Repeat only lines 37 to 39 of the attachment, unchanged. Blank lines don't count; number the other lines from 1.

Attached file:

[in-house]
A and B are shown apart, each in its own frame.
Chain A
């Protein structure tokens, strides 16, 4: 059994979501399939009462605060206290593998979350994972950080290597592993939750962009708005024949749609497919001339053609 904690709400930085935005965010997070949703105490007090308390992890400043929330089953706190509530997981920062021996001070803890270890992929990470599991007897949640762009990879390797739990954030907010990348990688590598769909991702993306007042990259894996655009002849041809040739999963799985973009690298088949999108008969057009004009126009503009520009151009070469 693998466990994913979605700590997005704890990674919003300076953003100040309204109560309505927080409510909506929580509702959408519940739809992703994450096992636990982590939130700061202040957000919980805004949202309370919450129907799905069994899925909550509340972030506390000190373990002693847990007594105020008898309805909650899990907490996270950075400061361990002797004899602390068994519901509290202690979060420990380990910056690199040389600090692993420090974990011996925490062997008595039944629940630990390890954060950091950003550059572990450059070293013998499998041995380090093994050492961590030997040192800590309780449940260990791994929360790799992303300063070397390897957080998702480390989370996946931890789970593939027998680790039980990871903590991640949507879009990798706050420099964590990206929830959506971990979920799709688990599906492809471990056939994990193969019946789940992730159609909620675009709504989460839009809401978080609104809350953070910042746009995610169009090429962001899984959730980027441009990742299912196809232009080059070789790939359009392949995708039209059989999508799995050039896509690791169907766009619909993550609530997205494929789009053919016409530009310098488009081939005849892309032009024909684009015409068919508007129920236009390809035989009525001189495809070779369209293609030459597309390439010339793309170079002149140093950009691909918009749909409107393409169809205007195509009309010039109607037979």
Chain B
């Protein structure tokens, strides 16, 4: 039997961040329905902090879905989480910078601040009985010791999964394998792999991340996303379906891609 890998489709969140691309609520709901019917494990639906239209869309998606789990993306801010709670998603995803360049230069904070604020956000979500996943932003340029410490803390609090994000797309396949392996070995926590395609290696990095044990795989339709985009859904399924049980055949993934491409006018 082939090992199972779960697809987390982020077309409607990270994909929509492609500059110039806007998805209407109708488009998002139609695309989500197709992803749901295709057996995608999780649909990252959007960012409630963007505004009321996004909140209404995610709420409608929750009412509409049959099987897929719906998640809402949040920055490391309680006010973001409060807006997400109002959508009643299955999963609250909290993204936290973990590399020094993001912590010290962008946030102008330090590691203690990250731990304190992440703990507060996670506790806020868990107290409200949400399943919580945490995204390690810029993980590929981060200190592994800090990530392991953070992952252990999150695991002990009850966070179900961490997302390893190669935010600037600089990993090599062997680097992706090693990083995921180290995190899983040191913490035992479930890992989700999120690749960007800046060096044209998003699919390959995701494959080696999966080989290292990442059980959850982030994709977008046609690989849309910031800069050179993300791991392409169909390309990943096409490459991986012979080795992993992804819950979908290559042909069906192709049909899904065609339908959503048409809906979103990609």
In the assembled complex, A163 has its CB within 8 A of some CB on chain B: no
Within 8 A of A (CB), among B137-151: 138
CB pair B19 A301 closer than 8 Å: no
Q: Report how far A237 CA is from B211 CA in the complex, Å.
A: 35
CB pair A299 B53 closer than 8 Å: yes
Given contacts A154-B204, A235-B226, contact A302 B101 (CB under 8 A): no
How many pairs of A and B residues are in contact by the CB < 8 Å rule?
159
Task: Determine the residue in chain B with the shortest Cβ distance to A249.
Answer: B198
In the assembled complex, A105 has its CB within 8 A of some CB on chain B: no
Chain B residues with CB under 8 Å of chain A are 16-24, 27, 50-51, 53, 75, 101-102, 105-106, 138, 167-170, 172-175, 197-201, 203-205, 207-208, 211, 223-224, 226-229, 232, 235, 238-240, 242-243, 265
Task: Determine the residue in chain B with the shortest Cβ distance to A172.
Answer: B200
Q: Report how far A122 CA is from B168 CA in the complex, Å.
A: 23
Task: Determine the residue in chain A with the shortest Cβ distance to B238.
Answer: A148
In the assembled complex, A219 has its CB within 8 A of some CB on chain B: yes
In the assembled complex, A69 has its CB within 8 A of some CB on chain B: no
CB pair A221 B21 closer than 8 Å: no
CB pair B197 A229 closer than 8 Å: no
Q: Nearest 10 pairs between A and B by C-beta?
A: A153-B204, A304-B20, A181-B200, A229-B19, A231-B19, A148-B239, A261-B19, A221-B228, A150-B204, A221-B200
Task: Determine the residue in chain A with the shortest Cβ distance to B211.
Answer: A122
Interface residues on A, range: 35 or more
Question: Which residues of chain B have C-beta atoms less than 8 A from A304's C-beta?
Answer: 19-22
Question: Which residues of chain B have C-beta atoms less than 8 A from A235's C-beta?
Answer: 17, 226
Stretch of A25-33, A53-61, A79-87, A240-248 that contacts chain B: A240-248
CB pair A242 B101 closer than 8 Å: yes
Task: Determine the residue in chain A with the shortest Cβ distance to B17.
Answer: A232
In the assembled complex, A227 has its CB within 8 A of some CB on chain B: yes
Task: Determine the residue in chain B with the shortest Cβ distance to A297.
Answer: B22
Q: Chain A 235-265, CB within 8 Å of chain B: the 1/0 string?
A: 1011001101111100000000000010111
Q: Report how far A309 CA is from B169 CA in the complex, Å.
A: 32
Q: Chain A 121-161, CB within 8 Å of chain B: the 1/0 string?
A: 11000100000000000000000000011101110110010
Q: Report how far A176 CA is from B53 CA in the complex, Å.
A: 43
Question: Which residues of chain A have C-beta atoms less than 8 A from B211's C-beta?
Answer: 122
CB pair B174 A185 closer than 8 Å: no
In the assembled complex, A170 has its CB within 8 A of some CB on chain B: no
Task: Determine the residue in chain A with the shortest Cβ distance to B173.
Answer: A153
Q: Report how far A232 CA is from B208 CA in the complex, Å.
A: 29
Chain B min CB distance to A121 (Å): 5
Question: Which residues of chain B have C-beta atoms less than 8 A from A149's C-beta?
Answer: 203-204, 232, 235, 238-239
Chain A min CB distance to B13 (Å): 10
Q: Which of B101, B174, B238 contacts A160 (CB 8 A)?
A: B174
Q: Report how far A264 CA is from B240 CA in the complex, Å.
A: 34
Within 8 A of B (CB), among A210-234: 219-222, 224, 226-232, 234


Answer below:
Question: Which residues of chain B have C-beta atoms less than 8 A from A235's C-beta?
Answer: 17, 226
Stretch of A25-33, A53-61, A79-87, A240-248 that contacts chain B: A240-248